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Father Fred

Hpc / Inflation

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The standard thinking on this site is... House Price Boom leads to House Price Bust. Fair enough, quite logical, it always has before.

BUT, hasn't the bust always happened in a high inflation environment? If we get a crash would it not be the first HPC in the UK in a time of low inflation? Is there not an argument that we are in for a period of stability rather than a crash?

I am not a bull. But neither am I as bearish as many on here.

For the record, even assuming that what I have just posted is correct, that is no reason for would-be FTBs not to keep renting for a few more years while (low) inflation slowly brings real prices down to more sustainable levels. And it doesn't mean that STR isn't a good idea for some people who are knowledgeable investors outside of property and for whom the personal reasons for owning are relatively unimportant.

FF

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The standard thinking on this site is... House Price Boom leads to House Price Bust. Fair enough, quite logical, it always has before.

BUT, hasn't the bust always happened in a high inflation environment? If we get a crash would it not be the first HPC in the UK in a time of low inflation? Is there not an argument that we are in for a period of stability rather than a crash?

I am not a bull. But neither am I as bearish as many on here.

For the record, even assuming that what I have just posted is correct, that is no reason for would-be FTBs not to keep renting for a few more years while (low) inflation slowly brings real prices down to more sustainable levels. And it doesn't mean that STR isn't a good idea for some people who are knowledgeable investors outside of property and for whom the personal reasons for owning are relatively unimportant.

FF

It's a good point, which I've thought about before. In the early 70's wages doubled in 4 years whilst house prices stayed pretty level (in actual terms). At the end of it, very few people realised that there had been a complete crash in real house prices!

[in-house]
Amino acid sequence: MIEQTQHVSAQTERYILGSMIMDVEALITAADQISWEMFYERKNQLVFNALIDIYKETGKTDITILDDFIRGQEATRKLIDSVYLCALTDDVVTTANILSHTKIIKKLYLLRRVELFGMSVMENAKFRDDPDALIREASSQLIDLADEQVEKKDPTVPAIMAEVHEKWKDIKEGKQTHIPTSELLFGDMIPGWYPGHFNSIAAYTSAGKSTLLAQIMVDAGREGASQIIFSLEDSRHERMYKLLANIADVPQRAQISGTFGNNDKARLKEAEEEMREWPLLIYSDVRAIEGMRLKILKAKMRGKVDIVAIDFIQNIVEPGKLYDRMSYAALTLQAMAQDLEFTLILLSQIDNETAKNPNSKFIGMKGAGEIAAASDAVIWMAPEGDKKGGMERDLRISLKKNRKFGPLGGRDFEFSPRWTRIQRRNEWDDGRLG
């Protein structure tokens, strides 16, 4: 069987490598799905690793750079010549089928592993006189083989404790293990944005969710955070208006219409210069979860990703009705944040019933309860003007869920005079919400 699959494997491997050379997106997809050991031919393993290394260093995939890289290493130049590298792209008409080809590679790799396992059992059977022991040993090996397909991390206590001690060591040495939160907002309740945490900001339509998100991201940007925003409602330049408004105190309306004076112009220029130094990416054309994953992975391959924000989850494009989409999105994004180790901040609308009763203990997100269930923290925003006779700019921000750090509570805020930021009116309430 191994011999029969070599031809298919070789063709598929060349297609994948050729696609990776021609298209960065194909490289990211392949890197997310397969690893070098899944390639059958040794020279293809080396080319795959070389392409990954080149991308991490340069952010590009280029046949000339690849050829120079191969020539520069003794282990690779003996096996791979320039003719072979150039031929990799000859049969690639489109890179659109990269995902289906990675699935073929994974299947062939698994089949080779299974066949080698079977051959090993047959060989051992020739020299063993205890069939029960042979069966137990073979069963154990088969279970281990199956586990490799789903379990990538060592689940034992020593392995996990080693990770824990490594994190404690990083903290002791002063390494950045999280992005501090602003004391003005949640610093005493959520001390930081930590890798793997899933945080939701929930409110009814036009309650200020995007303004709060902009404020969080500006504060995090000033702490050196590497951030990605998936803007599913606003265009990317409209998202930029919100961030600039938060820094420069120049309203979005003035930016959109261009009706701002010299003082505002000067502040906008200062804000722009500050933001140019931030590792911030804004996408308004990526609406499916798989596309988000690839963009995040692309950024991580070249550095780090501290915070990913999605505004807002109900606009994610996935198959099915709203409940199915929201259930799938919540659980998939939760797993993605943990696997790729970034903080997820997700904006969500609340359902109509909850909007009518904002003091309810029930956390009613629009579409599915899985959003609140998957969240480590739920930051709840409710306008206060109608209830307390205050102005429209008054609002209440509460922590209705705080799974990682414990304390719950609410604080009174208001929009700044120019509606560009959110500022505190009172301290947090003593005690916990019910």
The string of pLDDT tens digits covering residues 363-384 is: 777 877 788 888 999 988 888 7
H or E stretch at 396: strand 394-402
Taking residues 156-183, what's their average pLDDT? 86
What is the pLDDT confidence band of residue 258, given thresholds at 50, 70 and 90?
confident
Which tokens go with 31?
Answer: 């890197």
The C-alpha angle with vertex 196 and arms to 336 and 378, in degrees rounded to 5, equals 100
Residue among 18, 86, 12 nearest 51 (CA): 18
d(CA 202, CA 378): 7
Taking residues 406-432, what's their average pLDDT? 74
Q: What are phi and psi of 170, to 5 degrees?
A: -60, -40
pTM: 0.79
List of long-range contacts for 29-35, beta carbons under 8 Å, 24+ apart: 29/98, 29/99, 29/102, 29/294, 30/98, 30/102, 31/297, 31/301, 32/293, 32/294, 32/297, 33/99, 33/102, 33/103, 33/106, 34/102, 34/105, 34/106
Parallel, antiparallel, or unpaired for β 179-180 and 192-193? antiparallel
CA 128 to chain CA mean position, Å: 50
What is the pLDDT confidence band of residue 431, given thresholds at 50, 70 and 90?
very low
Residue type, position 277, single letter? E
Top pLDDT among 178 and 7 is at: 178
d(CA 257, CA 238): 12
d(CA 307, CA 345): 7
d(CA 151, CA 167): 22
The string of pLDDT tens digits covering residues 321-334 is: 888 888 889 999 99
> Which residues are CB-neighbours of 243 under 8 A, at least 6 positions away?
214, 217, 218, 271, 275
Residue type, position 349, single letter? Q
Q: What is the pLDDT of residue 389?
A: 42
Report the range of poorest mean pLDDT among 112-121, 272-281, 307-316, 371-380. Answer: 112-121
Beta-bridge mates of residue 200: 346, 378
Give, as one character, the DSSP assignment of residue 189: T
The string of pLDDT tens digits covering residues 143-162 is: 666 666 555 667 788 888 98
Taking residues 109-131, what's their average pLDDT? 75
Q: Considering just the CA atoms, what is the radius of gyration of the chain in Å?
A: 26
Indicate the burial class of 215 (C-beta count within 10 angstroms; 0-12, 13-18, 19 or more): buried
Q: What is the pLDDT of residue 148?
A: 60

I'm not sure what pyschological effect low inflation has on buyers and sellers. It seems to me it's easier for people not to increase agreed prices (in a high inflation environment) than to lower them in a low inflation scenario. This may lead towards stagnation rather than crash, possibly, or at least many years of small falls.

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Hi FF,

It's always good to hear from you. I hope you are studying hard. :D

It is an interesting question.

The data I have to hand only goes back to 1973 but the last three times it is true that inflation was high (roughly double digits and more) before house prices corrected. I don't know about pre-1973 without going to do some digging but I would not be surprised to see a house price correction against a low inflation environment.

I think there is no doubt we are in a relatively low inflation environment for the foreseeable future (whether you believe it is going up a little or down a little I'm not sure anyone can suggest it is going to double digits any time soon).

The last time around (annual) inflation was roughly 7.5% when the UK property market peaked in nominal terms (Q3 1989) but actually rose to over 10% less than a year later.

The two things I'd note are:

1) In 1989 people could have made the case that in the last two corrections (1974 and 1979) inflation had been 20% or more so how can prices correct when inflation is ONLY 7.5%? This argument might have held as much logic as your point today but was ultimately proved wrong.

You might conclude it is not relevant but I'm sure people would point out Japan saw house prices fall with no inflation at all.

2) I actually think it is the relationship between things like inflation, interest rates, economic growth, wage growth, rental yields, house prices etc that is important rather than the nominal levels of these factors.